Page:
Michel Foucault. Les Aveux de la chair, vol. 4 of Histoire de la sexualité. Edited by Frédéric Gros. Paris: Gallimard, 2018. 448 pp.
Review by Alexandre Gefen. Translated by Haun Saussy.
22 August 2018
Michel Foucault’s History of Sexuality opened in 1976 with the appearance of its first volume, originally titled La Volenté de savoir, which described how bourgeois society succeeded the church in making sexuality a deep truth to be excavated. Later, as we know, the project took a radically new direction. With The Use of Pleasure and The Care of the Self, Foucault proposed a genealogy of the subject through an exploration of arts of existence. Drafted in 1981–1982 and left in an advanced state of composition at the philosopher’s death, Les Aveux de la chair (The Avowals of the Flesh) is meant, as the author put it, to cover “the experience of the flesh in the first centuries of Christianity, and the role played therein by the hermeneutics and purifying decipherment of desire.”
Foucault’s investigation begins with the end of the second century, the moment when the church fathers, Justin Martyr in particular, adopt the measures of management of aphrodisia (sexual relations) that had been developed by ancient paganism, especially by the Stoic moralists. How to make the human body a “temple of God” while maintaining the possibility of “the sowing of human seeds”? Long before the pessimistic and austere Christianity of Saint Augustine, a Christian moral teaching takes form that is “Hellenizing, Stoicizing, and inclined to naturalize the ethics of sexual relations,” wherein sexuality, “through operations that bring light all the way to the core of selfhood,” becomes a space of experience and knowledge, and the banishment of evil is identified with the discovery of truth. This is a historical moment that few have analyzed and that Foucault illuminates with his exceptional learning.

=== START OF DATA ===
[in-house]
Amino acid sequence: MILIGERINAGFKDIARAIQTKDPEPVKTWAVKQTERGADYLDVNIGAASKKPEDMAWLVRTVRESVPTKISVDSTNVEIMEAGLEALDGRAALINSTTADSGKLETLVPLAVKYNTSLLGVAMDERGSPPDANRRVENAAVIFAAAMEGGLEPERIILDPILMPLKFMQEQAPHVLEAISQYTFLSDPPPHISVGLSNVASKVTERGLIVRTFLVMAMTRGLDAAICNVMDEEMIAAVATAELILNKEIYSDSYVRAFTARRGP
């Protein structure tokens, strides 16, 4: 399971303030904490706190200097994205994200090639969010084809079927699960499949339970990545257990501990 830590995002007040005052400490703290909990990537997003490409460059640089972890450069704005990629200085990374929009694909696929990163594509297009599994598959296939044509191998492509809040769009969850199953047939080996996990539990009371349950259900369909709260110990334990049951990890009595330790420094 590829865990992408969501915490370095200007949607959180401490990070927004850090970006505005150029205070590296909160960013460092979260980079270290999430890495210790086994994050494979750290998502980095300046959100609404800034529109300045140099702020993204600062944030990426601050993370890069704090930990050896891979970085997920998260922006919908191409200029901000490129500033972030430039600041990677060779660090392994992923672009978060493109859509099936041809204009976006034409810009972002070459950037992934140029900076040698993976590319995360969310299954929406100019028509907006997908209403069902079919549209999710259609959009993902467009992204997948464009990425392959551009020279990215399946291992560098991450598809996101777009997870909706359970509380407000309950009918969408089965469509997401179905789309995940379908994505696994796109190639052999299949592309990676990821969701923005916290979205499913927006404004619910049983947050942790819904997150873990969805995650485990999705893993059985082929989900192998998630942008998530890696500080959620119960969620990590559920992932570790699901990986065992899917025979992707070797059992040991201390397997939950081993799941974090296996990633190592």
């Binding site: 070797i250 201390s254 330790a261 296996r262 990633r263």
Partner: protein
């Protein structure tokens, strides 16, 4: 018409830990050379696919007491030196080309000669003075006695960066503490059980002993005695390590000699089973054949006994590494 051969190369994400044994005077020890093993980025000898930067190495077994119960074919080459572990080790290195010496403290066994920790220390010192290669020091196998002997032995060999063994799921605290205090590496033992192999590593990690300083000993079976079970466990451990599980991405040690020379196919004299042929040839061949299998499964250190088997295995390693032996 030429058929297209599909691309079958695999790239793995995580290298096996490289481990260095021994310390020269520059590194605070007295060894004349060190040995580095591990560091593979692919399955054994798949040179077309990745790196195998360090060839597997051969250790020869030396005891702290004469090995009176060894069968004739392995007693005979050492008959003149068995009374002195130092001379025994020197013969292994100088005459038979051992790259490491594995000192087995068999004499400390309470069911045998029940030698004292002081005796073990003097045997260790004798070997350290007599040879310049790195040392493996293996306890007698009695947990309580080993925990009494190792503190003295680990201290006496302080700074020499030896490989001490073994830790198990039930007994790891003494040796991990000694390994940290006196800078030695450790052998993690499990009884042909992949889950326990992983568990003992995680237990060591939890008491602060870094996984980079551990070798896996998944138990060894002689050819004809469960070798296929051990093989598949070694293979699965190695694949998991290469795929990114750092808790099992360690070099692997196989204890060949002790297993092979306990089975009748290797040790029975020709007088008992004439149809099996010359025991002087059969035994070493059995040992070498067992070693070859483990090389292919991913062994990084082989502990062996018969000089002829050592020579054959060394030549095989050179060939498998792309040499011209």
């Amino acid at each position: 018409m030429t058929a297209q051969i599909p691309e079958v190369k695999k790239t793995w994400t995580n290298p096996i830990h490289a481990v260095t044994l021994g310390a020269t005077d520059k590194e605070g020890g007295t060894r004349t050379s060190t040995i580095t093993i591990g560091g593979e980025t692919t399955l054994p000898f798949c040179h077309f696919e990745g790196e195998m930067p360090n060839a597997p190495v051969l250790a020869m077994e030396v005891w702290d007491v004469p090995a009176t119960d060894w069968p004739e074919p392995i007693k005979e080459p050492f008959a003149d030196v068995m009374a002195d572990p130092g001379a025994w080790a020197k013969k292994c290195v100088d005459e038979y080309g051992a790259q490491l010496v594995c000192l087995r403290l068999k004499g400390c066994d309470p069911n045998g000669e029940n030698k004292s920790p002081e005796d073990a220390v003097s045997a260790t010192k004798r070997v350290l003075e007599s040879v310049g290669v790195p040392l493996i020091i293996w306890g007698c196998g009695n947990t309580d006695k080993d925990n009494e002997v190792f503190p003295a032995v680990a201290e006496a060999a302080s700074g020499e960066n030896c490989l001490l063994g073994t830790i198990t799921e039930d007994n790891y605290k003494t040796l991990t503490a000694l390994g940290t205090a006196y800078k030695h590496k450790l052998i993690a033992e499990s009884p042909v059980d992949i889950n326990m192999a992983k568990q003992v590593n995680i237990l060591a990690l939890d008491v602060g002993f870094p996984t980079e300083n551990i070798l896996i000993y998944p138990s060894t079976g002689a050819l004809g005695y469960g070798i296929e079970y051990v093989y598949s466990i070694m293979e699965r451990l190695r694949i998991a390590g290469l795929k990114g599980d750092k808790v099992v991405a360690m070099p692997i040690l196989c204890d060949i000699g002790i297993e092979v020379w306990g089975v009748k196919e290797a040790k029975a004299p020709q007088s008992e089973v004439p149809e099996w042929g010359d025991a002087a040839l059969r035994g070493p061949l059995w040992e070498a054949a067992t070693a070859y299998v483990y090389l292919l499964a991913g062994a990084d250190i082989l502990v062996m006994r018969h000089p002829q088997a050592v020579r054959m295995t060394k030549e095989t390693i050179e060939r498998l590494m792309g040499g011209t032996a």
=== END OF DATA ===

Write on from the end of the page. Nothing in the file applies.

This fourth volume, awaited for thirty-four years, makes two major contributions. First, it outlines the genealogy of a certain number of Western values (virginity, chastity), sins, or prohibitions, some of which are still in force, by observing the transformation of ancient sexuality—conceived as a “paroxystic block” that was to be managed but not understood—into a modern analytic of the subject of desire. When Christianity affirms that “the uncontrolled male member is in the likeness of Adam in relation to God: a rebel,” it becomes imperative to secure its governance in law and discourse. Second, and more generally, the book shows a transformation in the modes of “programming” of individuals—from the ancient analysis of the self, which sought to achieve self-knowledge as self-mastery, oriented to the future and free of any idea of guilt, to the Christian “examination as avowal” where inner awareness is attained through a death of the self. This takes the form of a ritual like that of penitence, inspired by both law and medicine, one which brings the individual to the breaking point of ego non sum ego. Thus, Foucault’s final volume reveals to us, even as the bookstores are packed with self-help manuals, a broader history of “practices of the direction of life.”
 See Michel Foucault, An Introduction, vol. 1 of The History of Sexuality, trans. Robert Hurley (New York, 1978).
 See Foucault, The Use of Pleasure, vol. 2 of The History of Sexuality, trans. Hurley (New York, 1985) and The Care of the Self, vol. 3 of The History of Sexuality, trans. Hurley (New York, 1986).